Guide to Touring

1

Guide to Touring 

By: Shoshana

Part I

So you wanna tour?  You want to get out see new performance styles, learn and grow as a performer, make business connections, and get your name out there.   Part I of our Guide to Touring will give you some resources for doing just that.  Part II will run in next month’s issue and guide you through what to expect as an out of town performer and how to make the trip as affordable as possible.

Approach #1 – The Tried and True Method: The Festival Circuit 

As Coco Lectric puts it, “It’s very hard to cast someone you’ve never met or seen [perform]live.”

The festival circuit is the most popular method of getting your name out there and also the most expensive.  Lula Houp Garou shared some of her strategies in a recent interview with us, and while they are *so* worth reading, she sums it up with, “Have I recouped all the money that I have spent on festivals?  Not at all.  Do I still consider the investment to be worth it?  Absolutely.”

The new 2013 Burlesque Festival Guide is out and there are over 30 festivals in the U.S. alone, and unless you have unlimited resources and a very empty calendar of obligations it is impossible to hit ‘em all.  So how do you decide?

Midnite Martini’s approach:  Focus on the mid-sized festivals.  “I have done the really large festivals and everyone is so nervous and there are so many people it’s hard to make real connections or be noticed, or really remember the acts that you should notice. I really enjoy the smaller festivals as they are more laid back and there’s more opportunity for a whole lot of networking.”

Coco Lectric’s Approach: “I have a list of the major festivals that I want to hit each year, and festivals I have enjoyed in the past, and I do those.   I make sure to make it to BHoF every year.”

Donna Denise’s Approach:  “ I do as much as I can.  I want to be able to go to them all, but I have to narrow it down to places I want to perform in more often.”

Tips for making the most out of festivals:

  1. Do go to as many of the shows as you can and make sure to compliment the acts you genuinely enjoyed.  Try to focus on other performers’ acts and needs as much as your own.  You want to impress the producers of course, but you also want to impress your fellow performers both on stage and off.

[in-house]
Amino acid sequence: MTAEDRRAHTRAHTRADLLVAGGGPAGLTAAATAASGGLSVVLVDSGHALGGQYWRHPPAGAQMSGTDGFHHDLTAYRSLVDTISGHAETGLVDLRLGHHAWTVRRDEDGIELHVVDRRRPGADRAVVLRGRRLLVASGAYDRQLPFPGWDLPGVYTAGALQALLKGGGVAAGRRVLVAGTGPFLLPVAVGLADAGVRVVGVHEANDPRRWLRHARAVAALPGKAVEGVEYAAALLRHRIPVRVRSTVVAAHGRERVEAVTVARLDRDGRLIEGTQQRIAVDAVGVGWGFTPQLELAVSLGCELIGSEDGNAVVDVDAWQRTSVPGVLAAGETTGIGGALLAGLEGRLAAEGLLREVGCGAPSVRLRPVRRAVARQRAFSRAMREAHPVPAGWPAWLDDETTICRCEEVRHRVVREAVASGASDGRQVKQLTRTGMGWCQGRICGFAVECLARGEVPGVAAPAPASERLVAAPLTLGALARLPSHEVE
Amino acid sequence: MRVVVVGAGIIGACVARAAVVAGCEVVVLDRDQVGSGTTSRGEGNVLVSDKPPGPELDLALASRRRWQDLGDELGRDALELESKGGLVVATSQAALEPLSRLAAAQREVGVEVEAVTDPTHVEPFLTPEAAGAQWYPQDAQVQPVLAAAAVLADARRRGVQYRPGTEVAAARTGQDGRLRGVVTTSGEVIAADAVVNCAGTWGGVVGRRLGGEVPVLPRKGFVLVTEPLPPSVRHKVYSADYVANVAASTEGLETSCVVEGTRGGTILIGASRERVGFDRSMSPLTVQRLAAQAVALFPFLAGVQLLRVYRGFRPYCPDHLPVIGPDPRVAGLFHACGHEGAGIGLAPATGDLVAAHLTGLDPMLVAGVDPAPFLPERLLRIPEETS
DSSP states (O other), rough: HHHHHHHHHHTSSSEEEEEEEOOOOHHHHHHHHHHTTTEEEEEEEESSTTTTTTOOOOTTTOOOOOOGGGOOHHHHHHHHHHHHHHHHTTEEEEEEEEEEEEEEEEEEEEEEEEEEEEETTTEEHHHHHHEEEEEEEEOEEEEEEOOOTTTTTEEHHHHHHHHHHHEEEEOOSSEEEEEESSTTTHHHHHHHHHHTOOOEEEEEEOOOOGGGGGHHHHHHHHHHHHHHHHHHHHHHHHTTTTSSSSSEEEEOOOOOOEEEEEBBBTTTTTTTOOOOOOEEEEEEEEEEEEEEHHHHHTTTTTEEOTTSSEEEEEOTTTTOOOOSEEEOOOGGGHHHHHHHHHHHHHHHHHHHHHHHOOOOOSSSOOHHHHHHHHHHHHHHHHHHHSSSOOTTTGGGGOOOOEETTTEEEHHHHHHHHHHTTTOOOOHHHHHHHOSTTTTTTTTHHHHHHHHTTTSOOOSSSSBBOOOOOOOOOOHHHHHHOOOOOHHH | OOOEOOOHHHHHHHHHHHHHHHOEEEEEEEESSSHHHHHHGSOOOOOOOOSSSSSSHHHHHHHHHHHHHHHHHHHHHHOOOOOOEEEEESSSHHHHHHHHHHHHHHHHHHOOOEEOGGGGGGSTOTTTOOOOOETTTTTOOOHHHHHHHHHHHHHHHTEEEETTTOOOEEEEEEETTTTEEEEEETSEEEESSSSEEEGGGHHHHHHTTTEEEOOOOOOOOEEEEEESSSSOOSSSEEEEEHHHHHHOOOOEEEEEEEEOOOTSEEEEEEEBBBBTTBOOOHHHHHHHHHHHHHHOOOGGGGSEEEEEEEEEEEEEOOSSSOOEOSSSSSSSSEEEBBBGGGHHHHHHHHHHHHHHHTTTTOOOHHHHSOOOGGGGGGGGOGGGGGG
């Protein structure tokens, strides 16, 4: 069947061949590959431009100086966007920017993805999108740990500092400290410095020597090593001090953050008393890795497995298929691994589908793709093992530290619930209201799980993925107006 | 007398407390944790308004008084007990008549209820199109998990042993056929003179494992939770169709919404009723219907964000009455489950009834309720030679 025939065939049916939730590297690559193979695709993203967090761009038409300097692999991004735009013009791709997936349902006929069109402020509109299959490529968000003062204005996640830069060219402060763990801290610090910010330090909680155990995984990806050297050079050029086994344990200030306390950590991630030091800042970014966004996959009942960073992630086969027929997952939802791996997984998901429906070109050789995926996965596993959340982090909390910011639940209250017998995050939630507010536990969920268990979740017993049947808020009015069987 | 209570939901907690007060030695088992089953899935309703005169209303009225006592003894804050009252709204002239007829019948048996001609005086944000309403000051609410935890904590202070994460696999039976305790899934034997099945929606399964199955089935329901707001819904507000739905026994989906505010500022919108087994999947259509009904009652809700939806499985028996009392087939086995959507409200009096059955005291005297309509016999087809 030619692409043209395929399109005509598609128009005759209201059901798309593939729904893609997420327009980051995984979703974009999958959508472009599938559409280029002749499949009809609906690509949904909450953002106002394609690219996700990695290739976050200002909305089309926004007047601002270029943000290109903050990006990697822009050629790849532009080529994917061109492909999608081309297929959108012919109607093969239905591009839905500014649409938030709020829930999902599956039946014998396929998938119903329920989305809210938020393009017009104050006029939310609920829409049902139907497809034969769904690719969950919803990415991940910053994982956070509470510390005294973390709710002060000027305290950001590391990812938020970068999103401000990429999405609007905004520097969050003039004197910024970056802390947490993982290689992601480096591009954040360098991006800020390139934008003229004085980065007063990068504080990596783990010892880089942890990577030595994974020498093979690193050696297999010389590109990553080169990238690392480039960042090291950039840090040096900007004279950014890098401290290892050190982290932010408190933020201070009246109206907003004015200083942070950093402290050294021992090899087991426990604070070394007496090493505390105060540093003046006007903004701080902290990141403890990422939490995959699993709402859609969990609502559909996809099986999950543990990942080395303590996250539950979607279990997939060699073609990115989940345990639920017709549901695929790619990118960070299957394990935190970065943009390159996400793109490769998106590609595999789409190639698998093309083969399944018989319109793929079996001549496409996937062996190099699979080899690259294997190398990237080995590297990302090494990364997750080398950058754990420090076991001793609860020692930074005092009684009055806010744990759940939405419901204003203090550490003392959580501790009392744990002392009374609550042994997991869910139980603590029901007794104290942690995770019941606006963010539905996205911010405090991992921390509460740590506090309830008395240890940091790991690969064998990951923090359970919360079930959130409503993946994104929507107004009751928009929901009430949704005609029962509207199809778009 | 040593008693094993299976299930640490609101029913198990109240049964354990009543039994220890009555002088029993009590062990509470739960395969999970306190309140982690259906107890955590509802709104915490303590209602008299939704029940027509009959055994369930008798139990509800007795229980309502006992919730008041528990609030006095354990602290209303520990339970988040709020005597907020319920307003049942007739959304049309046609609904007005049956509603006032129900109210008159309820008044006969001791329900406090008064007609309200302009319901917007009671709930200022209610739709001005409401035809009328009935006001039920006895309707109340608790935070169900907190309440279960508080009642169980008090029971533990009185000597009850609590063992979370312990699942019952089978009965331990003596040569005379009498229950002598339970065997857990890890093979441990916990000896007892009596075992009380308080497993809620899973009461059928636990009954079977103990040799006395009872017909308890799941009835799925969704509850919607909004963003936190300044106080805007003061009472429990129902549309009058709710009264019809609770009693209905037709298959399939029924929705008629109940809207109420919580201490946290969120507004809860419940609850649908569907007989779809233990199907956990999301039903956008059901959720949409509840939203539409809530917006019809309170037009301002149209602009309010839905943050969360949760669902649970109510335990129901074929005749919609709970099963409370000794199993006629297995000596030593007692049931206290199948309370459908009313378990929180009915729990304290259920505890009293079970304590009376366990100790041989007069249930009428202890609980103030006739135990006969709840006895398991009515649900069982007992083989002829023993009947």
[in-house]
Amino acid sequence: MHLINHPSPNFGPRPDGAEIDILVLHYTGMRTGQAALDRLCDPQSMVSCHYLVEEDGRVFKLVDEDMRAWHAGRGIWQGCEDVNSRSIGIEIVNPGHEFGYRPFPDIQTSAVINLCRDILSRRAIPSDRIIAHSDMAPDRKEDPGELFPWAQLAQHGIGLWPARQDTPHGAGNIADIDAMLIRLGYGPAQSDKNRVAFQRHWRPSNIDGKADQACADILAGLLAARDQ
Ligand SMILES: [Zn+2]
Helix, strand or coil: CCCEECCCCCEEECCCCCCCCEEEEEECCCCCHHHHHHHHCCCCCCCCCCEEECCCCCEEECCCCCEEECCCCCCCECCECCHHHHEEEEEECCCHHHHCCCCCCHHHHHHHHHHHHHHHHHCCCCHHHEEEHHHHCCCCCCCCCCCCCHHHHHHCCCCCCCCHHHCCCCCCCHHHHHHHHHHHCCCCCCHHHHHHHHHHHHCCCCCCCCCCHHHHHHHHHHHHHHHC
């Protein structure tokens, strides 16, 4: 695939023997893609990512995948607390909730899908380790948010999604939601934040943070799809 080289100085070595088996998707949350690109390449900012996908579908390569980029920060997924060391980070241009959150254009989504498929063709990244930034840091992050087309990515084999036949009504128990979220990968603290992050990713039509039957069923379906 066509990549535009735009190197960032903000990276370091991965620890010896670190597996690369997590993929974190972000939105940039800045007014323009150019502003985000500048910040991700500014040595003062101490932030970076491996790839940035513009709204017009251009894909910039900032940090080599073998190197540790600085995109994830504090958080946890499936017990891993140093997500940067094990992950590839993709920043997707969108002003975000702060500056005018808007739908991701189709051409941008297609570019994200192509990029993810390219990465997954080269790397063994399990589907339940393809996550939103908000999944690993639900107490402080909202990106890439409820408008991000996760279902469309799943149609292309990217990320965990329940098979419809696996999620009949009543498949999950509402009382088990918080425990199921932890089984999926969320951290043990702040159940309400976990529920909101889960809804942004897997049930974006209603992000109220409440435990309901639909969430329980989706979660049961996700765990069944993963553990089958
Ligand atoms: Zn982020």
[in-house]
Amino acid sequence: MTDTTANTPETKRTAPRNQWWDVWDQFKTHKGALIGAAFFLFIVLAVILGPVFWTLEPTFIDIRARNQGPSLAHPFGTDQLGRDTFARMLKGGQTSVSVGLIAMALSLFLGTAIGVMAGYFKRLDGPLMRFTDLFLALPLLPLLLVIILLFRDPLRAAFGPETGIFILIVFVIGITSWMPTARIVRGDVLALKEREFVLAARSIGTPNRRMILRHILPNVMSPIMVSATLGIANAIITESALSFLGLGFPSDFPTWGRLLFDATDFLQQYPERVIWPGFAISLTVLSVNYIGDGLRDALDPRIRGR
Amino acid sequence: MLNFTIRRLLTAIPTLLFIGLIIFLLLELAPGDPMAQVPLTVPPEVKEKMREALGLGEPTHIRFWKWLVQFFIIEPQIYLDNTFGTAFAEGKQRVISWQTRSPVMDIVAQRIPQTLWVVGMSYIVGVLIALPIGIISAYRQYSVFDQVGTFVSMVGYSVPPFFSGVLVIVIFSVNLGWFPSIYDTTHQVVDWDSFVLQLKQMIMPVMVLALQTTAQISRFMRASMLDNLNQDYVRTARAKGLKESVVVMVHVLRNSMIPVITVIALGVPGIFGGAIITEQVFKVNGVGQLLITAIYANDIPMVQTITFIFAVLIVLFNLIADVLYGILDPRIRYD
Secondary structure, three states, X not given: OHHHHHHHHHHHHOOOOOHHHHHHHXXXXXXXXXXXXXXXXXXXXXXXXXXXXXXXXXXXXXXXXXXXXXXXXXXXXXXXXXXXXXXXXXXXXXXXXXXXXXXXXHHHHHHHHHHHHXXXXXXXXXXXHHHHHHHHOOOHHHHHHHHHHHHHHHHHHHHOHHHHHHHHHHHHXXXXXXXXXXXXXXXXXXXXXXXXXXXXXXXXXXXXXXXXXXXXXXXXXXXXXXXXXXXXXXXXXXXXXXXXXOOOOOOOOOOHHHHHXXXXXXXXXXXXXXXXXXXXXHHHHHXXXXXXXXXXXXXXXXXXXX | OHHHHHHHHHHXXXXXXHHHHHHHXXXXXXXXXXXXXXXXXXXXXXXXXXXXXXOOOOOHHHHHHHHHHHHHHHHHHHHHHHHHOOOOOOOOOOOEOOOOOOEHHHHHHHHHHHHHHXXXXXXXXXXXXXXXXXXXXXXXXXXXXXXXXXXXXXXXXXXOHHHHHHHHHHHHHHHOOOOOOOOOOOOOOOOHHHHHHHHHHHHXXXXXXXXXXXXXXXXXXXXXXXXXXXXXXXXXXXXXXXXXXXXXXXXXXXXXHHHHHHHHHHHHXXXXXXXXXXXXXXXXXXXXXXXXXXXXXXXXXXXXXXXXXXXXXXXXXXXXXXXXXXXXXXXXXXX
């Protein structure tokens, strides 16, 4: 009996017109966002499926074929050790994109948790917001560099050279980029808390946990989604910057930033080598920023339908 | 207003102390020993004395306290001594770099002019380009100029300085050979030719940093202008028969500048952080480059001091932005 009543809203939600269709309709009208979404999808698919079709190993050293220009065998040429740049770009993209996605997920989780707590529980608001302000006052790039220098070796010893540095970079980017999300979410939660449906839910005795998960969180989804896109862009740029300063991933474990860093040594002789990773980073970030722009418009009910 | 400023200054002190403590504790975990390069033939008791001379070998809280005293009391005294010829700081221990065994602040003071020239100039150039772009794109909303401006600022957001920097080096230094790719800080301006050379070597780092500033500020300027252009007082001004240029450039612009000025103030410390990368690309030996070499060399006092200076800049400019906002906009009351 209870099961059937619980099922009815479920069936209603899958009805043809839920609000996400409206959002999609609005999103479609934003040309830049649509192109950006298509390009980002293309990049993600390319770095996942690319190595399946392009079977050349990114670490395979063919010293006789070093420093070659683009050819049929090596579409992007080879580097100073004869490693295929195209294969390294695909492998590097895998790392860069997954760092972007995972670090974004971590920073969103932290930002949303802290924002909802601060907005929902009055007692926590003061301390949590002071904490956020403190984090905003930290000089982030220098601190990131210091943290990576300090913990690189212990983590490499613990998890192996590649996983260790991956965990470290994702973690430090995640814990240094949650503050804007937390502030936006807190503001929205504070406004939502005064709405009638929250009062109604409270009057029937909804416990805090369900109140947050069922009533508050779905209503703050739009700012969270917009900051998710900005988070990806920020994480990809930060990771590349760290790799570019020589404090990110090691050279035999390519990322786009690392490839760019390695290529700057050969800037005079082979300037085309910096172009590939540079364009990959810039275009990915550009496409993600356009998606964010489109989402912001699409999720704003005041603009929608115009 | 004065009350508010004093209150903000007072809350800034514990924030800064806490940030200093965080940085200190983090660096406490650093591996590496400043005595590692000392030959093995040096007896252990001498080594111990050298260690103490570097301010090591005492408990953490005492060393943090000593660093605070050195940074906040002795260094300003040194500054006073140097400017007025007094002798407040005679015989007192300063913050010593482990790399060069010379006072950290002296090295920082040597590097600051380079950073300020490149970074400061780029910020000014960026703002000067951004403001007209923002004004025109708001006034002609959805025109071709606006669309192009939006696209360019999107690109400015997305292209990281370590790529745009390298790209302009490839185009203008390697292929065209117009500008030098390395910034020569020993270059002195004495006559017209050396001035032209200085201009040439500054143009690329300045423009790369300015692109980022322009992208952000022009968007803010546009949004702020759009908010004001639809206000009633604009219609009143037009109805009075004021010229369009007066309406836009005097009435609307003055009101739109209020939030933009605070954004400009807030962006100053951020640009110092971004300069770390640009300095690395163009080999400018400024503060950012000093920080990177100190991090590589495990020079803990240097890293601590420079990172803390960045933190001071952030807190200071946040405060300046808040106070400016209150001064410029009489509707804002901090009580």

2. Do go to all of the workshops, classes, after parties, and all of the other extras.  You are surrounded by new people- make the most of all of the new connections.  If there are other shows going on around town outside of the festival , check those out as well if possible.
  3. Do follow up when you get home.  Add people on Facebook, drop them an email and let them know how much you enjoyed meeting them.  Keep in touch.

Approach #2 – Whoring Your Resources

Make a list of all of the cities you know with a large burlesque scene, or a scene in which you are particularly interested in performing.  Now make a list of all of your out of town friends, relatives, exes- anyone who has a couch on which you can crash.  See where you converge.  You have a sister in Dallas you say?  Great- let’s start there.

Step 1- Take your vacation days from the day job to go visit your sister, and plan your trip around a time when there are a lot of shows (a long weekend perhaps).

Step 2- Research the local scene.  Who’s who among the producers and performers?  What kind of shows are being produced and in what kind of venues?  Which acts do you have in your arsenal that will fit well?

Step 3- Reach out.  In a well-crafted email explain that you are coming to town and would like to perform.  If you’ve already met who you are reaching out to, remind them of where.  Let the producer know that you are familiar with his/her work, what you like about it, and which acts you have that are good fits and where they can learn more about you and said acts.

Step 4- Know the expectations.  If you get a bite, make sure you find out the following:  Are you able to perform in other shows on the same night/same weekend/etc?  Would having you teach a workshop be something enticing to the producer, or just more work for them?

Step 5- Get referrals.  If the producer who booked you doesn’t mind, or if they cannot book you during the time you’re in town, ask for referrals.  Try to get a short list of other folks in Dallas whom you should contact, as well as surrounding cities.  It’s time for the Piggy Back.

Approach #3- The Piggy Back

Whether you’ve used the festival approach or the whoring approach, the piggy back is a valuable strategy.  So you’ve been booked in Dallas, but you’d like to do more in your week away- enter the Piggy Back.

Grab your map of Texas and look around.  If you have a car or can afford to rent one, it’s a straight shot to hit the San Antonio, Austin, Houston, and Corpus Christi scenes.  It’s now time to repeat Steps 2-5 from above for each of these cities.  If you play your cards right, the dates line up and the stars align, you could feasibly schedule four shows in four cities in four days- which makes you- officially on tour!

Now what to expect when you get there?  Check back next month for Part II.

 

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